What if Seth Small hadn’t had the craziest night at Kyle Field in Texas A&M’s life-changing victory over Alabama? Sure, Small hit the winning kick that delighted the 12th man, but the person Small took a photo with in the locker room had an even more unlikely night.
Alex Sunderland is not an Aggie. He is a student at UTSA. He is 22 years old and had never attended an A&M game before finding a VIP pass on the ground outside the stadium. What happened next was the makings of the social media legend:
“I didn’t buy any tickets for the game at all,” says Sunderland. “I had no intention of going to the game. This VIP pass that I found is not even to enter the game, it was an event for a local radio station in College Station. I shouldn’t have gone in everywhere I entered.
Sunderland is not kidding. The pass designer even uploaded a TikTok echoing that exact sentiment.
Sunderland was outside the stadium drinking at a Latino community tailgate – he wasn’t even watching the game, and he wasn’t even at the tailgate the pass gave him access to when he did. met on the ground. But it was written VIP in bold, so he figured he might as well give it a try. Best case: he enters the game. Worst case: he comes back to the party.
He ended up arriving at the stadium around half-time and didn’t feel like sitting up with the nosebleeds.
“I’m not going to go to the nosebleed section; I’m going to go to the front row, ”Sunderland says. “I’m trying to get the best seats at home. As I walk down the stairs between the stands, I remember when I was in my final year in high school, I was recruited by UTSA to be a kicker. So I knew that the recruits, we were all seated in a specially designated section and that they always had good seats. So I was like, I’ll just say I was a rookie. I know they treat football players and football staff like royalty at College Station. Everyone treats them so well, that’s why I said, ‘You know what, I’m going to pretend to be a rookie and I’m going to get the special treatment that I deserve.’ “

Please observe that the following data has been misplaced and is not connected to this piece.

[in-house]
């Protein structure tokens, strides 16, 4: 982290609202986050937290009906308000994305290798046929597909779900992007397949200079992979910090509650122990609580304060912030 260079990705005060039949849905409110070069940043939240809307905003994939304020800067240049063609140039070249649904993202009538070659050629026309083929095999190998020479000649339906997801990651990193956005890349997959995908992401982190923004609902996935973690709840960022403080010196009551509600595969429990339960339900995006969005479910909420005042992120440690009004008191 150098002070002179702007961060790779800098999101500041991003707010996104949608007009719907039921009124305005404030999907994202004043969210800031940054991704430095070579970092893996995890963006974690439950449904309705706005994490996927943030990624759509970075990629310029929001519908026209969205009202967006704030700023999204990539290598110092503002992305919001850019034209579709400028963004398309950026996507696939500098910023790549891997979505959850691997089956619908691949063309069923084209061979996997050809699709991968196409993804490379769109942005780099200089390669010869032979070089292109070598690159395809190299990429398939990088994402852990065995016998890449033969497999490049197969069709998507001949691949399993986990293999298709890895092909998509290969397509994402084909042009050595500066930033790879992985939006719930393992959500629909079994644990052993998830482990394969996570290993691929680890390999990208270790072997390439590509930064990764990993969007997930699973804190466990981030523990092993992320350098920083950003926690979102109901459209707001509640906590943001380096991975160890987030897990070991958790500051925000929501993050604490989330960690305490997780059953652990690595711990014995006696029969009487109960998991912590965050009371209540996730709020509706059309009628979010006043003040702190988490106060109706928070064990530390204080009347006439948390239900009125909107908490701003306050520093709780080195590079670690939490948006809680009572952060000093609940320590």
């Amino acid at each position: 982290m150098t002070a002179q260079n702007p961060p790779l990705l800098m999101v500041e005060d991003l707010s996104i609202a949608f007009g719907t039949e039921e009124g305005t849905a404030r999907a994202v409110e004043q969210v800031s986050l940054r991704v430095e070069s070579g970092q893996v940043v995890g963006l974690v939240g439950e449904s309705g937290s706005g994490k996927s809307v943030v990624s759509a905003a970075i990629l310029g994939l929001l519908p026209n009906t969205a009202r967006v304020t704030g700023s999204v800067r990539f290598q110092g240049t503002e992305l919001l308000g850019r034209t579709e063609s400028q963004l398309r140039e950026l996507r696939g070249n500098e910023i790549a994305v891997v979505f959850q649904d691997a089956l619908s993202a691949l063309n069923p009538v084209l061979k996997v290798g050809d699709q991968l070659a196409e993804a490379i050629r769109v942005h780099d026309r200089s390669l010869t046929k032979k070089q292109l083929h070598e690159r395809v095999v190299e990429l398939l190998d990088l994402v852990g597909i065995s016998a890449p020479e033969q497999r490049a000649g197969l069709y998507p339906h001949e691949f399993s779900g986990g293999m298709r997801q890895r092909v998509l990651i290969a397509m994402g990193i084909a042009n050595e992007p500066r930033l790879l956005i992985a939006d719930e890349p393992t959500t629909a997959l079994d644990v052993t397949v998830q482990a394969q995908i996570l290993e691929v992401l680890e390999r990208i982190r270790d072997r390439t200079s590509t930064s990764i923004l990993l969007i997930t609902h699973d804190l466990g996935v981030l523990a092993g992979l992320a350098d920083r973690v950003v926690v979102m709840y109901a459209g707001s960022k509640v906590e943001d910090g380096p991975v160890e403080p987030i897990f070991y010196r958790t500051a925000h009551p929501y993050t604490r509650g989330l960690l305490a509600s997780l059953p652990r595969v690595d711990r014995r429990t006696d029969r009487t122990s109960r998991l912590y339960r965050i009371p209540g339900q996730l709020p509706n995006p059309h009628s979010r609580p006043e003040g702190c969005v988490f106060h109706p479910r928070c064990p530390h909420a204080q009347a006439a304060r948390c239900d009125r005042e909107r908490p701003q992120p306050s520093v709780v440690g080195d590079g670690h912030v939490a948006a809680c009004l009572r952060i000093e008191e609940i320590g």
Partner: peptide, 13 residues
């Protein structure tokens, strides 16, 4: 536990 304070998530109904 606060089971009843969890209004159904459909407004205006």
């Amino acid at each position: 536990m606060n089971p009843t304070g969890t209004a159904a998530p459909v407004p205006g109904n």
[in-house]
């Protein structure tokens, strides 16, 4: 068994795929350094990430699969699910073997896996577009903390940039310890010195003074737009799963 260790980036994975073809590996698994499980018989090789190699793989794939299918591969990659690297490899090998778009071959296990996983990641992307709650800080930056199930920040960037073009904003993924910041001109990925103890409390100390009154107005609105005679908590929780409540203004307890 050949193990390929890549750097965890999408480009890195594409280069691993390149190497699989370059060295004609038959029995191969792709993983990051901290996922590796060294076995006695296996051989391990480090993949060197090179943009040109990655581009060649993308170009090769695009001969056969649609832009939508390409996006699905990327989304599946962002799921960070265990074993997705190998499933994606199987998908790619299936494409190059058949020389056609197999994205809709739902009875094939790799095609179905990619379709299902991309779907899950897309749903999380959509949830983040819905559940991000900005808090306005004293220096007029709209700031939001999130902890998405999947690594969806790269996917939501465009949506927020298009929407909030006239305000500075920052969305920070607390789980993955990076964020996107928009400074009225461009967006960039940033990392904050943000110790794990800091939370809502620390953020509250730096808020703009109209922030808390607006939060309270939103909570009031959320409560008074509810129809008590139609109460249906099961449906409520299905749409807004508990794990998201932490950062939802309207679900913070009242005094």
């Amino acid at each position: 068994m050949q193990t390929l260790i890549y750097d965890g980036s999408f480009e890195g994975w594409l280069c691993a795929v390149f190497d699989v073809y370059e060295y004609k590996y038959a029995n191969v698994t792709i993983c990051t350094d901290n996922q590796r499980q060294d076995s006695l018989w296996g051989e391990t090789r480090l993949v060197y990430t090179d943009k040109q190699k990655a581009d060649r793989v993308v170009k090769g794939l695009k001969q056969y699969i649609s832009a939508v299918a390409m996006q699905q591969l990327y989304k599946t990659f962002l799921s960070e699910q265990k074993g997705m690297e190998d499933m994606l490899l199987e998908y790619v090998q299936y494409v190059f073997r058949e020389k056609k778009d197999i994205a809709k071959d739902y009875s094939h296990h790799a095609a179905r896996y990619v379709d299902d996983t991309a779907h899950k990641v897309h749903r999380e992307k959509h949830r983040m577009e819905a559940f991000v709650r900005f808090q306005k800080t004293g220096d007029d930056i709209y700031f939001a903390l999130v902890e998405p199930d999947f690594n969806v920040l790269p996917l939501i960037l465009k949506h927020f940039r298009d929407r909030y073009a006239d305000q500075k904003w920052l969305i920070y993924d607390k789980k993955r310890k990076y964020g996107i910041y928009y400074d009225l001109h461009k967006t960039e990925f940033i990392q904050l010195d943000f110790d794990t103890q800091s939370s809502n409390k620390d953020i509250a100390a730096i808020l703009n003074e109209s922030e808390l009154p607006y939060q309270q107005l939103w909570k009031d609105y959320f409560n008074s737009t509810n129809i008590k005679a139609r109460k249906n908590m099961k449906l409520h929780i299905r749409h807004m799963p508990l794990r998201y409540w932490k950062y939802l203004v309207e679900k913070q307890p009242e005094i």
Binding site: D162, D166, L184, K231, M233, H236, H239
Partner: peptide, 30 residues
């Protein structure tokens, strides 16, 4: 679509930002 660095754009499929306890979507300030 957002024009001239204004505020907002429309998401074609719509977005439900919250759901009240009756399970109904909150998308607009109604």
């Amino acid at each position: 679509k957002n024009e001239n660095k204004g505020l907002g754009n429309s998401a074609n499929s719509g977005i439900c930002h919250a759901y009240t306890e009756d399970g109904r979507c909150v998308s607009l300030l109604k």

So Sunderland told an usher he was a rookie, and while he waited for the usher to decide what to do with him, some of Aggie’s teenage fans showed him some hospitality and let him s ‘sit in their place. He was directed onto the field to a secondary club area where the rookies are accommodated. That’s when his legacy came into play.
Sunderland’s parents are Mexican, although he was born in San Antonio. He joked that his home growing up might as well be the Mexican Consulate. He was not allowed to speak English at home because his parents wanted to preserve his roots. He learned both languages simultaneously as a child and is fluent in both, but A&M recruiting staff didn’t need to know.
“I see her go get this guy, and this guy comes up to me and there it hits me. I’m like ‘Oh my God, these rookies have been together all day,’ ”Sunderland says. “They’re going to know I’m not supposed to be there with them. This guy’s been with them, he’s going to admit that I’m not supposed to be there. What do I do? So when he walks up to me and says “are you a rookie?” I saw it on his face. He just didn’t believe me and the first thing that came to my mind was: I’m going to pretend I don’t speak English. So I just say, ‘Yeah, me kicker, me kicker from Mexico. Me rookie kicker. ‘ And he said, ‘Oh yeah, sure; Follow me.’ I said under my breath, ‘There is no way this is going to happen.’ “
But it was.
Sunderland had a cup of coffee with the UTSA program as a Roadrunners back-up after kicking a local high school in San Antonio, and it was her first time at Kyle Field, so all was not complete manufacturing. From the A&M Hall of Champions, he ended up in third place. He thought the kicker’s excuse would hold because even though he’s 22, A&M athletes Actually the recruits seem older than him. He told those sitting next to him that he wasn’t sure to commit as he was planning to go to Clemson next week. He ended up speaking to an A&M hiring manager in fluent Spanish, claiming he was lost and that’s why he only showed up at halftime. They let him sit and enjoy the game. And then it ended thanks to Small’s game winner.
Sunderland joined the group which rushed onto the pitch.